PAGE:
Social Work Practice with Families and Children

Social Work Practice with Families and Children

Social Work Practice with Families and Children

Social Work Practice with Families and Children

Synopsis

This book emphasizes family-centered, social network, and school-based interventions in the preparation of social workers for direct and indirect practice with clients from vulnerable populations, especially the poor, people of color, and recent immigrant groups. With an eye to recent changes in social work practice and service delivery, including the impact of welfare reform and managed care on vulnerable families and children, Social Work Practice with Families and Children helps social work students and practitioners understand the increasingly complex needs of their clients. Three valuable appendixes include information about tools and instruments to support practice, child welfare resource centers, and electronic resources pertaining to the field.

Excerpt

Social work with families and children in the United States—as elsewhere—is increasingly complex, controversial, and changing, especially as it seeks to face challenges such as oppression and discrimination against vulnerable populations; social problems such as substance abuse, family violence, child abuse and homelessness; and diminishing funding for critical social supports. This book will address these emerging and cutting-edge issues in addition to more traditional family and child welfare topics such as adoption and family foster care.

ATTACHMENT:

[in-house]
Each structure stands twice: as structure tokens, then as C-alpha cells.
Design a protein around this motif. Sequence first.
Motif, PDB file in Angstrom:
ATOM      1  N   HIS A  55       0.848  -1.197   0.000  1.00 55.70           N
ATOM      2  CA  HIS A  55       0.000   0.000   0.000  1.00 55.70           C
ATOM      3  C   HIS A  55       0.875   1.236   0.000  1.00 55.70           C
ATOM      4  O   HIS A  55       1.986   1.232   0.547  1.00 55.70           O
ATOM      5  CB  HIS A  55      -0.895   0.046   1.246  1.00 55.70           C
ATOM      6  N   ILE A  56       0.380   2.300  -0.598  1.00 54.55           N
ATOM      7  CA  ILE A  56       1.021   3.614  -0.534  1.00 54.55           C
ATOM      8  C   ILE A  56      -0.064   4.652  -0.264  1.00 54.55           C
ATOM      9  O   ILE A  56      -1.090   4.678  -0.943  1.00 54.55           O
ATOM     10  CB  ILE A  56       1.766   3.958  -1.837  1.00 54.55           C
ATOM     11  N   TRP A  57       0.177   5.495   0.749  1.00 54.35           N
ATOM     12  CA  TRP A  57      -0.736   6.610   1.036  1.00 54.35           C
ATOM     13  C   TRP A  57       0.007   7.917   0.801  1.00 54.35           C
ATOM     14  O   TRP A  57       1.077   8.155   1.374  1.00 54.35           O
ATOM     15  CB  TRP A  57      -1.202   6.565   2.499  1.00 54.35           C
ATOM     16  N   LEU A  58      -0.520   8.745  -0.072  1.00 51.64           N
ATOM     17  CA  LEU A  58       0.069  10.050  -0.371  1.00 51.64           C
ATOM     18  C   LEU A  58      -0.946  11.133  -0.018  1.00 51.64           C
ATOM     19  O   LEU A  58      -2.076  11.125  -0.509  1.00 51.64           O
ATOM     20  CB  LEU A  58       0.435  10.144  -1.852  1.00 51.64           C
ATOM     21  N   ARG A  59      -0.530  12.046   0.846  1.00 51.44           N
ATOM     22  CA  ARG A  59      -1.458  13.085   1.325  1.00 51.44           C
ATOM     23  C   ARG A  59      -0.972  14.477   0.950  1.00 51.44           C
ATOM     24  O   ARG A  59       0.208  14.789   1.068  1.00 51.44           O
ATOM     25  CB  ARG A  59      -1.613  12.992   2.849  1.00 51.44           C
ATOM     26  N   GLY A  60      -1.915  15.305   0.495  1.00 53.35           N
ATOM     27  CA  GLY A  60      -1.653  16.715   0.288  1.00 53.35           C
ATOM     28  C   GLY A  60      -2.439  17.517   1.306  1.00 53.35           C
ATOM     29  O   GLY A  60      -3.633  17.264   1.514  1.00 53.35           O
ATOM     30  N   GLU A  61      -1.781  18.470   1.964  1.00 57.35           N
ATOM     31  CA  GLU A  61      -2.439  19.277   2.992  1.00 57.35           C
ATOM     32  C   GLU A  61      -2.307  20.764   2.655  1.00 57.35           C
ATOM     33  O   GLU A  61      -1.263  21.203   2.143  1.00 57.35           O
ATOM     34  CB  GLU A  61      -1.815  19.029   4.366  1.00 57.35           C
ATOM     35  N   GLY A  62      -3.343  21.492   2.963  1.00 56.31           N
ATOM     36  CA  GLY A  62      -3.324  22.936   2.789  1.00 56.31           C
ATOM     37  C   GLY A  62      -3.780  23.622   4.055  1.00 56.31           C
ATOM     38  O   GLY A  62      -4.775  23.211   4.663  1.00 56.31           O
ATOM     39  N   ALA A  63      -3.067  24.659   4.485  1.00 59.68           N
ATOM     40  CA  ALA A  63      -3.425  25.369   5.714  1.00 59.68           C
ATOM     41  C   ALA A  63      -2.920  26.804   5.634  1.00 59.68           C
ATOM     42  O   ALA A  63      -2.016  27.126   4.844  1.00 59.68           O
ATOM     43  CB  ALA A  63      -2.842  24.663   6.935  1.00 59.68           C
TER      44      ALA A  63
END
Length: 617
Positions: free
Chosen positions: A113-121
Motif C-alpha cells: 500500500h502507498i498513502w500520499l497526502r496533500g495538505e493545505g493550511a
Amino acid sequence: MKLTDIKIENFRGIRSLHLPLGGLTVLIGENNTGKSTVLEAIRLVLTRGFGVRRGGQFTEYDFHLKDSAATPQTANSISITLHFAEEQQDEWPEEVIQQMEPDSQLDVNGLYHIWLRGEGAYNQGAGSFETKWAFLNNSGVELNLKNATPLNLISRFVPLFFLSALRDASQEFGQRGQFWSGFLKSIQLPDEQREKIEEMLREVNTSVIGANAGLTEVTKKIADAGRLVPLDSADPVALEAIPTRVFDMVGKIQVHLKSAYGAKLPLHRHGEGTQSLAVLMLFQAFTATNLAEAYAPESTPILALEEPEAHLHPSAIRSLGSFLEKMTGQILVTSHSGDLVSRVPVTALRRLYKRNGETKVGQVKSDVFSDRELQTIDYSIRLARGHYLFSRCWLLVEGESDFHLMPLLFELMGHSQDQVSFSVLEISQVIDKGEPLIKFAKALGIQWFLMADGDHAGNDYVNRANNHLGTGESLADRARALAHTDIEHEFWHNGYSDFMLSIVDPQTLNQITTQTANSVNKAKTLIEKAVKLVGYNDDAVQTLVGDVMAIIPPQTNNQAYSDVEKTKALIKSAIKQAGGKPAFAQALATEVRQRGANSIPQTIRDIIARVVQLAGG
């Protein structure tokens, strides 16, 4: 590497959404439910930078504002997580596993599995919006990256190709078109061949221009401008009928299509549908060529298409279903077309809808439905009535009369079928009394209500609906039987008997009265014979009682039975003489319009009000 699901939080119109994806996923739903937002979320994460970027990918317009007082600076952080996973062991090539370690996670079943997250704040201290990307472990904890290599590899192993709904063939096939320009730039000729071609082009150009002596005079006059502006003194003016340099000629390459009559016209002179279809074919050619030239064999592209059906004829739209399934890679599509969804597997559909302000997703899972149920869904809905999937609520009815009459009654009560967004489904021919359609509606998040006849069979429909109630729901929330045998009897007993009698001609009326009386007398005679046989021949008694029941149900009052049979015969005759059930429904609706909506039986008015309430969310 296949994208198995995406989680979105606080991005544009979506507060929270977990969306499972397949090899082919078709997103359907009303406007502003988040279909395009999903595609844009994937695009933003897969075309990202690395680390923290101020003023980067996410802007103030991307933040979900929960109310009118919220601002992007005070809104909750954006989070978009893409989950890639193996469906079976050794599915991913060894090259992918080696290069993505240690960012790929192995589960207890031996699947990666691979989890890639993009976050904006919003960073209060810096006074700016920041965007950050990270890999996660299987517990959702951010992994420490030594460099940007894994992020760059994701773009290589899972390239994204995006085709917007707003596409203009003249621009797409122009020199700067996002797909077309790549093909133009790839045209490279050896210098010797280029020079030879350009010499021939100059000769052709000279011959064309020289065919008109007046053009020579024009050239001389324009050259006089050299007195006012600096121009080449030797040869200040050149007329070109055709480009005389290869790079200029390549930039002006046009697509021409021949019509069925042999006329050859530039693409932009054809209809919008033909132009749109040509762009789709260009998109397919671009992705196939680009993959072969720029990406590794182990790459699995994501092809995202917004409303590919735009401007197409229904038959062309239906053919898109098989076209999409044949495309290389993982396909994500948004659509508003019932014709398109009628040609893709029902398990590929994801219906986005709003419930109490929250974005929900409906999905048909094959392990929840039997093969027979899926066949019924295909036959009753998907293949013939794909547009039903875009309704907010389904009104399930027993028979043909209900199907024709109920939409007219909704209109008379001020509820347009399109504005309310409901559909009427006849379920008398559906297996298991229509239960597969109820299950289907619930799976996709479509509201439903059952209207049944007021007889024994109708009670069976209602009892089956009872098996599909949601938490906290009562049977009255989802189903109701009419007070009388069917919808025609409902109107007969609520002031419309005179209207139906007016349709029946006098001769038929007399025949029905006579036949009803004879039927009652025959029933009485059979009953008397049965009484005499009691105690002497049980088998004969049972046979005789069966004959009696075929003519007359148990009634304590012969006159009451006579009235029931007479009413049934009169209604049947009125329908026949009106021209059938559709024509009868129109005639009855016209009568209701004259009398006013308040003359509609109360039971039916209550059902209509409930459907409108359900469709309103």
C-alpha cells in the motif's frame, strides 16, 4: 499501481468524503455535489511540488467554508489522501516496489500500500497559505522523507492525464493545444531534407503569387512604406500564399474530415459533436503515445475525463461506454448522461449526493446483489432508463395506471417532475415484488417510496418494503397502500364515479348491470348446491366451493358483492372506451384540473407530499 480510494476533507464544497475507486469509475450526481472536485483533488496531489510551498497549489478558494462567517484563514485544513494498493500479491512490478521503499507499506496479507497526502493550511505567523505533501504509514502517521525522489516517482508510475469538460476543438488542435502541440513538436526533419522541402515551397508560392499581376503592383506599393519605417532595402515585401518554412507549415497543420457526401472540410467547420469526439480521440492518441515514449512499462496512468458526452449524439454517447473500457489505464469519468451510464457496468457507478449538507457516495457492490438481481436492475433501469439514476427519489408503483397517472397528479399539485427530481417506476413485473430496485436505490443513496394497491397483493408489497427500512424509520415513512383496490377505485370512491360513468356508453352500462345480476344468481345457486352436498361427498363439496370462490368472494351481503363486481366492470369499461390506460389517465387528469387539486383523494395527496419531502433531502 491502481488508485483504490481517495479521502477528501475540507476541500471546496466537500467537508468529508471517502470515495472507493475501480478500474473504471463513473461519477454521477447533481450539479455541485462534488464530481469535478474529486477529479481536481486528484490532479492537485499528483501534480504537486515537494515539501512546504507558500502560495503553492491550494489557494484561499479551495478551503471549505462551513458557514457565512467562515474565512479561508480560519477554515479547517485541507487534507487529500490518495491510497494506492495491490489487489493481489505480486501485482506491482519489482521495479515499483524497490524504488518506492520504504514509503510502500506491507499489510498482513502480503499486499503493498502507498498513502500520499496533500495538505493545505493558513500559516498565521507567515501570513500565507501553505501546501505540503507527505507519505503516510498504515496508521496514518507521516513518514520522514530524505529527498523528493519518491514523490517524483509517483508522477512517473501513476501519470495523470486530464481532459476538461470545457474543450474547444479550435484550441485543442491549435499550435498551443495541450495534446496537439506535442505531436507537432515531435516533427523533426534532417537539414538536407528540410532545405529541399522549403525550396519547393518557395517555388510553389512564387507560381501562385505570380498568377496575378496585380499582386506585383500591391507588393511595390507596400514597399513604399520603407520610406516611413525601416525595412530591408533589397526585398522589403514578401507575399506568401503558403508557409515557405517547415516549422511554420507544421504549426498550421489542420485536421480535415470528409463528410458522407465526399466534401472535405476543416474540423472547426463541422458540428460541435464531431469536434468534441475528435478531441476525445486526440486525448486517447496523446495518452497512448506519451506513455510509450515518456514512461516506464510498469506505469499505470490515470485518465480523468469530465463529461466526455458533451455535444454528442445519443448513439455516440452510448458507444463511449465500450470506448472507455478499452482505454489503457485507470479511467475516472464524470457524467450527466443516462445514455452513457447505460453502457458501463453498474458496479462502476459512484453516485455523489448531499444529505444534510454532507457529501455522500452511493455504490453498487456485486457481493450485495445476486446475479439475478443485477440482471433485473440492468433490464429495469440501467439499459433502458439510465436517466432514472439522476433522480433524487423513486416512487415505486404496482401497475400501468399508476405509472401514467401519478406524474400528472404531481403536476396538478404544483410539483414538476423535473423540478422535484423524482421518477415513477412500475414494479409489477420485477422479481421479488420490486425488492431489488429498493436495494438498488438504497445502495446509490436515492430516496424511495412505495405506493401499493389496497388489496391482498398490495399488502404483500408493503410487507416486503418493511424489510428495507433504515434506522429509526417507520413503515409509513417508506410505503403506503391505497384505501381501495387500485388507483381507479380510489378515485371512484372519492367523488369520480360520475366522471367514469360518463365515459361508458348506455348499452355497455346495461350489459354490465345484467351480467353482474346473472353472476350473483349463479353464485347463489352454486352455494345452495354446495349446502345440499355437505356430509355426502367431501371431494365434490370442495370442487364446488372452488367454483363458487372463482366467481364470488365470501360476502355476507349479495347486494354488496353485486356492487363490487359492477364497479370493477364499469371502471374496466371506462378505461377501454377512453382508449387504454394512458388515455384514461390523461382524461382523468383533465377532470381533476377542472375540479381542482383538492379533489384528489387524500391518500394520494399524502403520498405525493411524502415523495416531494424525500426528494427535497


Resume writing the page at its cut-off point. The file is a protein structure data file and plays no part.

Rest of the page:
Our main purpose is to help social work students and practitioners understand and work with vulnerable families and children. The focus is on intervention at different levels and with different systems—from the child and family to their social networks as well as broader ecological environment. As suggested by Palmer (1995:1): “The term children is used generically and is intended to include adolescents when the use of both terms would be cumbersome. When the focus is on children age 13 and over, they are generally termed adolescents or youths.

Our emphasis is on preparing social workers for direct and indirect practice with clients from vulnerable populations, especially the poor, people of color, and recent immigrant groups, within the context of cross-system and multidisciplinary collaboration. These clients come to the attention of social work practitioners in a variety of settings, including public and voluntary child welfare agencies, family support programs, residential treatment programs, public schools, and other organizations working with or on behalf of children and families.

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